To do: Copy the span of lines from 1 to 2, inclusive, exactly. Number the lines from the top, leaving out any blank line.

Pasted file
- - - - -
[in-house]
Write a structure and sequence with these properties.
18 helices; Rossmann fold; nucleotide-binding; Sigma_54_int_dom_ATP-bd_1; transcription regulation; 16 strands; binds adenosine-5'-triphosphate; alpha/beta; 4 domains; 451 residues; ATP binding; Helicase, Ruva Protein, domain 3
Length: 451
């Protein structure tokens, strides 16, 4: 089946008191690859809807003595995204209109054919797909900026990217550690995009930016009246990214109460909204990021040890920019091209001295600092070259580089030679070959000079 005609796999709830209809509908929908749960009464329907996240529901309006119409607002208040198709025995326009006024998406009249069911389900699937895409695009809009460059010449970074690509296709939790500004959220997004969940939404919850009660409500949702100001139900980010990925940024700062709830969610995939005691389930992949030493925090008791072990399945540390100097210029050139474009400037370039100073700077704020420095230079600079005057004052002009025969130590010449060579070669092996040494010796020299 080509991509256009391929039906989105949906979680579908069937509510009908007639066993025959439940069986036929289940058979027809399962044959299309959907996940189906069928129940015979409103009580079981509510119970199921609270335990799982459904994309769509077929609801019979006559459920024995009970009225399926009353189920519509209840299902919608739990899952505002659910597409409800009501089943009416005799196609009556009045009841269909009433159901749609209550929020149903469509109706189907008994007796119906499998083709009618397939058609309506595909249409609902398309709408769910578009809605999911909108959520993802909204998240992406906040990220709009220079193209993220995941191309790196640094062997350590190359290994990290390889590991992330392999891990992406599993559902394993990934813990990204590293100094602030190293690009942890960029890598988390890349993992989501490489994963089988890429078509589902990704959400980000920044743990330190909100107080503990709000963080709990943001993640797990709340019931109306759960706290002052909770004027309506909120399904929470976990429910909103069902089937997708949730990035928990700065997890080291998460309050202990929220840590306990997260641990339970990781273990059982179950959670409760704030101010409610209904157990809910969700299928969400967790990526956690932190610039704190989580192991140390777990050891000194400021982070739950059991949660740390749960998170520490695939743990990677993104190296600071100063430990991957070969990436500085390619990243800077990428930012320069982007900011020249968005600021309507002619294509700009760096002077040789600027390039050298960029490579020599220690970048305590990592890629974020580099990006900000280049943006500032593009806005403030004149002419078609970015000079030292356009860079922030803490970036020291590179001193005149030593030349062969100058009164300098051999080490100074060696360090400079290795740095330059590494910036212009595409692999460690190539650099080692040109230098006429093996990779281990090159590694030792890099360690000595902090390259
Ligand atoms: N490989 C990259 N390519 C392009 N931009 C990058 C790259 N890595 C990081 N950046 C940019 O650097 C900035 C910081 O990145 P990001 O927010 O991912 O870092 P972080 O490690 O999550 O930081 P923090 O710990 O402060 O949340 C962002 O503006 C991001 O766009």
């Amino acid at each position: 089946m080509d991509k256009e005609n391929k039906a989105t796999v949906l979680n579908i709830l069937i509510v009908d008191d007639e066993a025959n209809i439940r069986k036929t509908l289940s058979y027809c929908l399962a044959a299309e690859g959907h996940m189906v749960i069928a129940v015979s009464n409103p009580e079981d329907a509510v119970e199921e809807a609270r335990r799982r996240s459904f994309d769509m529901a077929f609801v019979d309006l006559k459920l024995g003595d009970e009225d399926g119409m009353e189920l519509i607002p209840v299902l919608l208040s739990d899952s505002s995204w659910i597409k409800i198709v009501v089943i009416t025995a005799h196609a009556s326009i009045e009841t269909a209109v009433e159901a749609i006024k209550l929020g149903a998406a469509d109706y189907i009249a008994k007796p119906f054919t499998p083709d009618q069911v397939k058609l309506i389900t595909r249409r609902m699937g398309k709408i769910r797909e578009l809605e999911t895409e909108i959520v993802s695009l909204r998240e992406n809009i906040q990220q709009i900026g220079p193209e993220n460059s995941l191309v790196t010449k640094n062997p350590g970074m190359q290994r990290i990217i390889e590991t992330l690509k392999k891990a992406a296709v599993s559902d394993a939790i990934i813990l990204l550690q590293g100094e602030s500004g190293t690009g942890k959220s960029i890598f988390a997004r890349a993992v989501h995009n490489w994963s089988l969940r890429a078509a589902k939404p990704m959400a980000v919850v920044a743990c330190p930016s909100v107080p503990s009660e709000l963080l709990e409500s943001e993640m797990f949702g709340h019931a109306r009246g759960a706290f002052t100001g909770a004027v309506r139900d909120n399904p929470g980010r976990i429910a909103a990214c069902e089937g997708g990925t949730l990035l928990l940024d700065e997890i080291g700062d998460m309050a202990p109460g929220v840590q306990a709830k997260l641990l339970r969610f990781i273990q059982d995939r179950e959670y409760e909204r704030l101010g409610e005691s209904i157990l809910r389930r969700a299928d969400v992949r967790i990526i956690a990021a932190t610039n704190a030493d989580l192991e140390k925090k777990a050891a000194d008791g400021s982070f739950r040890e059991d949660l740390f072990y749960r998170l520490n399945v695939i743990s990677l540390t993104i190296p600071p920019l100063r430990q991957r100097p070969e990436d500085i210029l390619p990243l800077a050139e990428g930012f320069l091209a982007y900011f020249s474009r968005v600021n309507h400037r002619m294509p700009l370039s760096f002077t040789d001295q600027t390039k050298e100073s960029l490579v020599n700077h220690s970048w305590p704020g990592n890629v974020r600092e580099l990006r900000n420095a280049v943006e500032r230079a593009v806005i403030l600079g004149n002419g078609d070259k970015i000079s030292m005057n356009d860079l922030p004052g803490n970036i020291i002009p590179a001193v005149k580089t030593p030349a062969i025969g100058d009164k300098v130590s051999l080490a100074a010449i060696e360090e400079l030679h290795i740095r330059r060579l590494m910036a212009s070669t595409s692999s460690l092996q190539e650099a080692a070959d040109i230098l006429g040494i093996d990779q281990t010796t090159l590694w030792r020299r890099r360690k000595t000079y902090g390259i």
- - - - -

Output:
[in-house]
Write a structure and sequence with these properties.